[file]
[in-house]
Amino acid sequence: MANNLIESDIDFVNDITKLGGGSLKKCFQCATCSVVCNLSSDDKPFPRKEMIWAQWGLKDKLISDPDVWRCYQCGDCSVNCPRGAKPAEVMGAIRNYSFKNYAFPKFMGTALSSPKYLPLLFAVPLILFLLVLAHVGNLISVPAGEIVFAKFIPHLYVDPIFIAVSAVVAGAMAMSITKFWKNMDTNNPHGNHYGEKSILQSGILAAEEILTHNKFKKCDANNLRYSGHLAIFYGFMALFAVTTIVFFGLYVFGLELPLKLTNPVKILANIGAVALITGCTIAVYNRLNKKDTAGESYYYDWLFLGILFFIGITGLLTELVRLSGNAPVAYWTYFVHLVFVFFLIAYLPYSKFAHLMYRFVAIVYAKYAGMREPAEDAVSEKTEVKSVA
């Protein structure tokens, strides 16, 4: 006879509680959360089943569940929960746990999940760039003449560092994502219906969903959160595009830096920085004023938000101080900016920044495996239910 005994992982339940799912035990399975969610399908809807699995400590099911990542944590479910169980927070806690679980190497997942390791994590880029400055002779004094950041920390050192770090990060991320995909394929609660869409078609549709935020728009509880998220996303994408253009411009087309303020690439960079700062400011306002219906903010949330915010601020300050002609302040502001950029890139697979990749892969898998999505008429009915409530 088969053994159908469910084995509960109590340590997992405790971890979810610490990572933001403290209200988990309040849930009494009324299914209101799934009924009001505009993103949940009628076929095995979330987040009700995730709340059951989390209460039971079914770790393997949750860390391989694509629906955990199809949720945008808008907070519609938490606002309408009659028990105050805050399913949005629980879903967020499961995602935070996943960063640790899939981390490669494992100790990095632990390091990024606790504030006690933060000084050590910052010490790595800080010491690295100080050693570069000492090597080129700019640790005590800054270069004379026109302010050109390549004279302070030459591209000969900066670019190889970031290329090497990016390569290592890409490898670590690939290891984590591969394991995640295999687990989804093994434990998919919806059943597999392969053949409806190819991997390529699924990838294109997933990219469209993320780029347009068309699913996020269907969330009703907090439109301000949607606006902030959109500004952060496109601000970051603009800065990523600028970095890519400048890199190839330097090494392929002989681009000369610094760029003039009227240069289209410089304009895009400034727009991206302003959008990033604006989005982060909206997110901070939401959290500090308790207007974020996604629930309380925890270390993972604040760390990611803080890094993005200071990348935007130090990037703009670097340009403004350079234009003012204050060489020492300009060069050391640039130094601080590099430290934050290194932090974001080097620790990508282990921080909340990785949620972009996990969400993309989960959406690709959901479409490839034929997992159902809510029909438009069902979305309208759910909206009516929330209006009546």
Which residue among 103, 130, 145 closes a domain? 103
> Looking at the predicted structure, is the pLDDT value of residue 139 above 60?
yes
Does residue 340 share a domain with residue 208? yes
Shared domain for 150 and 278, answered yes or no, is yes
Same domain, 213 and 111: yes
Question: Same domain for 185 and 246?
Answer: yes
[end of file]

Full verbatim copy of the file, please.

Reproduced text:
[in-house]
Amino acid sequence: MANNLIESDIDFVNDITKLGGGSLKKCFQCATCSVVCNLSSDDKPFPRKEMIWAQWGLKDKLISDPDVWRCYQCGDCSVNCPRGAKPAEVMGAIRNYSFKNYAFPKFMGTALSSPKYLPLLFAVPLILFLLVLAHVGNLISVPAGEIVFAKFIPHLYVDPIFIAVSAVVAGAMAMSITKFWKNMDTNNPHGNHYGEKSILQSGILAAEEILTHNKFKKCDANNLRYSGHLAIFYGFMALFAVTTIVFFGLYVFGLELPLKLTNPVKILANIGAVALITGCTIAVYNRLNKKDTAGESYYYDWLFLGILFFIGITGLLTELVRLSGNAPVAYWTYFVHLVFVFFLIAYLPYSKFAHLMYRFVAIVYAKYAGMREPAEDAVSEKTEVKSVA
């Protein structure tokens, strides 16, 4: 006879509680959360089943569940929960746990999940760039003449560092994502219906969903959160595009830096920085004023938000101080900016920044495996239910 005994992982339940799912035990399975969610399908809807699995400590099911990542944590479910169980927070806690679980190497997942390791994590880029400055002779004094950041920390050192770090990060991320995909394929609660869409078609549709935020728009509880998220996303994408253009411009087309303020690439960079700062400011306002219906903010949330915010601020300050002609302040502001950029890139697979990749892969898998999505008429009915409530 088969053994159908469910084995509960109590340590997992405790971890979810610490990572933001403290209200988990309040849930009494009324299914209101799934009924009001505009993103949940009628076929095995979330987040009700995730709340059951989390209460039971079914770790393997949750860390391989694509629906955990199809949720945008808008907070519609938490606002309408009659028990105050805050399913949005629980879903967020499961995602935070996943960063640790899939981390490669494992100790990095632990390091990024606790504030006690933060000084050590910052010490790595800080010491690295100080050693570069000492090597080129700019640790005590800054270069004379026109302010050109390549004279302070030459591209000969900066670019190889970031290329090497990016390569290592890409490898670590690939290891984590591969394991995640295999687990989804093994434990998919919806059943597999392969053949409806190819991997390529699924990838294109997933990219469209993320780029347009068309699913996020269907969330009703907090439109301000949607606006902030959109500004952060496109601000970051603009800065990523600028970095890519400048890199190839330097090494392929002989681009000369610094760029003039009227240069289209410089304009895009400034727009991206302003959008990033604006989005982060909206997110901070939401959290500090308790207007974020996604629930309380925890270390993972604040760390990611803080890094993005200071990348935007130090990037703009670097340009403004350079234009003012204050060489020492300009060069050391640039130094601080590099430290934050290194932090974001080097620790990508282990921080909340990785949620972009996990969400993309989960959406690709959901479409490839034929997992159902809510029909438009069902979305309208759910909206009516929330209006009546």
Which residue among 103, 130, 145 closes a domain? 103
> Looking at the predicted structure, is the pLDDT value of residue 139 above 60?
yes
Does residue 340 share a domain with residue 208? yes
Shared domain for 150 and 278, answered yes or no, is yes
Same domain, 213 and 111: yes
Question: Same domain for 185 and 246?
Answer: yes